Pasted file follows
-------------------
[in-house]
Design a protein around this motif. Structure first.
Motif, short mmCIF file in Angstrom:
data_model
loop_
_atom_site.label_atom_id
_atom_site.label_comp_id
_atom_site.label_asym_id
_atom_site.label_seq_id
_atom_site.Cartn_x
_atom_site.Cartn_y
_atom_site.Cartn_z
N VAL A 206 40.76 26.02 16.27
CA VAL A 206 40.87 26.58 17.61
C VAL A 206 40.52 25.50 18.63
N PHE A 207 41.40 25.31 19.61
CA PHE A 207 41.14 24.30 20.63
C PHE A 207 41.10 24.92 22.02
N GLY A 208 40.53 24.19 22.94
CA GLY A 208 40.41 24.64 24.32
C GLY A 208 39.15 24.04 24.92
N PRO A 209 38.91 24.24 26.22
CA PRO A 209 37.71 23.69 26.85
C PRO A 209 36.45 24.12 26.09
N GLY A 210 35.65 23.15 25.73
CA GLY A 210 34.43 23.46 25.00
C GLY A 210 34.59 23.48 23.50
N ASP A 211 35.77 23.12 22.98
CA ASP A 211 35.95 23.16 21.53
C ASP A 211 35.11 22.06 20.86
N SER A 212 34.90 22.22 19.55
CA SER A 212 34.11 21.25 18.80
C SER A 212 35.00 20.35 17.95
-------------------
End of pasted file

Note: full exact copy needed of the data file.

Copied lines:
[in-house]
Design a protein around this motif. Structure first.
Motif, short mmCIF file in Angstrom:
data_model
loop_
_atom_site.label_atom_id
_atom_site.label_comp_id
_atom_site.label_asym_id
_atom_site.label_seq_id
_atom_site.Cartn_x
_atom_site.Cartn_y
_atom_site.Cartn_z
N VAL A 206 40.76 26.02 16.27
CA VAL A 206 40.87 26.58 17.61
C VAL A 206 40.52 25.50 18.63
N PHE A 207 41.40 25.31 19.61
CA PHE A 207 41.14 24.30 20.63
C PHE A 207 41.10 24.92 22.02
N GLY A 208 40.53 24.19 22.94
CA GLY A 208 40.41 24.64 24.32
C GLY A 208 39.15 24.04 24.92
N PRO A 209 38.91 24.24 26.22
CA PRO A 209 37.71 23.69 26.85
C PRO A 209 36.45 24.12 26.09
N GLY A 210 35.65 23.15 25.73
CA GLY A 210 34.43 23.46 25.00
C GLY A 210 34.59 23.48 23.50
N ASP A 211 35.77 23.12 22.98
CA ASP A 211 35.95 23.16 21.53
C ASP A 211 35.11 22.06 20.86
N SER A 212 34.90 22.22 19.55
CA SER A 212 34.11 21.25 18.80
C SER A 212 35.00 20.35 17.95